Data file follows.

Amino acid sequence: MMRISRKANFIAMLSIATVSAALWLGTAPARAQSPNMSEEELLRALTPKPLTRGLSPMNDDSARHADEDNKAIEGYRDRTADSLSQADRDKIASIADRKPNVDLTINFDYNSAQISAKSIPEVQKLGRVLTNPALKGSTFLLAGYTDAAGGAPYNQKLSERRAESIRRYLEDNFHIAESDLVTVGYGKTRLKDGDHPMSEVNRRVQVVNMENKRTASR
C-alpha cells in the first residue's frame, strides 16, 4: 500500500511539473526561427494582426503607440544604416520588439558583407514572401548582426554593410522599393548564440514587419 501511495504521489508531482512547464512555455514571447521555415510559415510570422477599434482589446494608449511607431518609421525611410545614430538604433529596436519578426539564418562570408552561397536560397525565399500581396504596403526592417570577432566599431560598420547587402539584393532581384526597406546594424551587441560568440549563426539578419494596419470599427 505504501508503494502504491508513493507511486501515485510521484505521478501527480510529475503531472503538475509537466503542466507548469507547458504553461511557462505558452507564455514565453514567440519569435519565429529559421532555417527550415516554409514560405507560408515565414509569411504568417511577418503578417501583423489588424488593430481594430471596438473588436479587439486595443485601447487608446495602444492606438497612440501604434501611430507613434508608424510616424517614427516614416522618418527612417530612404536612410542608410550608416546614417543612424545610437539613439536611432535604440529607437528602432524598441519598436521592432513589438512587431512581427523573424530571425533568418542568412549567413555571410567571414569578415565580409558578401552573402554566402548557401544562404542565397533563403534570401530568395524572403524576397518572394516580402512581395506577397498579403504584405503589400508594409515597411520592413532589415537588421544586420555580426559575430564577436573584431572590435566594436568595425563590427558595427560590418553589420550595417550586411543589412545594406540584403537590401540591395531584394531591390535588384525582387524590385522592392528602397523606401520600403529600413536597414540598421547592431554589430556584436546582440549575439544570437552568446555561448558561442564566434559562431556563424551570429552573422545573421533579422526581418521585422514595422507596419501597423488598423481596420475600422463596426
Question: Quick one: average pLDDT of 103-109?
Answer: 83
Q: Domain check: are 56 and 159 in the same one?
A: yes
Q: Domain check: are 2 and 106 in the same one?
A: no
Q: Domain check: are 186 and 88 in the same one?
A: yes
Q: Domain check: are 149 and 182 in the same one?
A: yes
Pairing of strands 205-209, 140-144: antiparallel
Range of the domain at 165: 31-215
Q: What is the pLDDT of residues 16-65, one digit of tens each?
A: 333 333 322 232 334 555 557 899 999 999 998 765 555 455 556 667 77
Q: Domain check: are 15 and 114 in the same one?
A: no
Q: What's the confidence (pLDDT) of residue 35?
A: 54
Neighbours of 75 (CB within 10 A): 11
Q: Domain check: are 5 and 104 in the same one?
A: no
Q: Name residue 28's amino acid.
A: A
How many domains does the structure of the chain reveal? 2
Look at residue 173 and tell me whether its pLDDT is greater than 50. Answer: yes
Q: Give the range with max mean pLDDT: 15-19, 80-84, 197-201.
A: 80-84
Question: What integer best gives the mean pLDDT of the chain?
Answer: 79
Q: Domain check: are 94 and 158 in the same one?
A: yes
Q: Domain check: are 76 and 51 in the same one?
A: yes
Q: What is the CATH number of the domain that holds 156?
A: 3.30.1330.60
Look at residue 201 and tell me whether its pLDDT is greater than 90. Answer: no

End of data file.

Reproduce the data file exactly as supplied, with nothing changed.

Amino acid sequence: MMRISRKANFIAMLSIATVSAALWLGTAPARAQSPNMSEEELLRALTPKPLTRGLSPMNDDSARHADEDNKAIEGYRDRTADSLSQADRDKIASIADRKPNVDLTINFDYNSAQISAKSIPEVQKLGRVLTNPALKGSTFLLAGYTDAAGGAPYNQKLSERRAESIRRYLEDNFHIAESDLVTVGYGKTRLKDGDHPMSEVNRRVQVVNMENKRTASR
C-alpha cells in the first residue's frame, strides 16, 4: 500500500511539473526561427494582426503607440544604416520588439558583407514572401548582426554593410522599393548564440514587419 501511495504521489508531482512547464512555455514571447521555415510559415510570422477599434482589446494608449511607431518609421525611410545614430538604433529596436519578426539564418562570408552561397536560397525565399500581396504596403526592417570577432566599431560598420547587402539584393532581384526597406546594424551587441560568440549563426539578419494596419470599427 505504501508503494502504491508513493507511486501515485510521484505521478501527480510529475503531472503538475509537466503542466507548469507547458504553461511557462505558452507564455514565453514567440519569435519565429529559421532555417527550415516554409514560405507560408515565414509569411504568417511577418503578417501583423489588424488593430481594430471596438473588436479587439486595443485601447487608446495602444492606438497612440501604434501611430507613434508608424510616424517614427516614416522618418527612417530612404536612410542608410550608416546614417543612424545610437539613439536611432535604440529607437528602432524598441519598436521592432513589438512587431512581427523573424530571425533568418542568412549567413555571410567571414569578415565580409558578401552573402554566402548557401544562404542565397533563403534570401530568395524572403524576397518572394516580402512581395506577397498579403504584405503589400508594409515597411520592413532589415537588421544586420555580426559575430564577436573584431572590435566594436568595425563590427558595427560590418553589420550595417550586411543589412545594406540584403537590401540591395531584394531591390535588384525582387524590385522592392528602397523606401520600403529600413536597414540598421547592431554589430556584436546582440549575439544570437552568446555561448558561442564566434559562431556563424551570429552573422545573421533579422526581418521585422514595422507596419501597423488598423481596420475600422463596426
Question: Quick one: average pLDDT of 103-109?
Answer: 83
Q: Domain check: are 56 and 159 in the same one?
A: yes
Q: Domain check: are 2 and 106 in the same one?
A: no
Q: Domain check: are 186 and 88 in the same one?
A: yes
Q: Domain check: are 149 and 182 in the same one?
A: yes
Pairing of strands 205-209, 140-144: antiparallel
Range of the domain at 165: 31-215
Q: What is the pLDDT of residues 16-65, one digit of tens each?
A: 333 333 322 232 334 555 557 899 999 999 998 765 555 455 556 667 77
Q: Domain check: are 15 and 114 in the same one?
A: no
Q: What's the confidence (pLDDT) of residue 35?
A: 54
Neighbours of 75 (CB within 10 A): 11
Q: Domain check: are 5 and 104 in the same one?
A: no
Q: Name residue 28's amino acid.
A: A
How many domains does the structure of the chain reveal? 2
Look at residue 173 and tell me whether its pLDDT is greater than 50. Answer: yes
Q: Give the range with max mean pLDDT: 15-19, 80-84, 197-201.
A: 80-84
Question: What integer best gives the mean pLDDT of the chain?
Answer: 79
Q: Domain check: are 94 and 158 in the same one?
A: yes
Q: Domain check: are 76 and 51 in the same one?
A: yes
Q: What is the CATH number of the domain that holds 156?
A: 3.30.1330.60
Look at residue 201 and tell me whether its pLDDT is greater than 90. Answer: no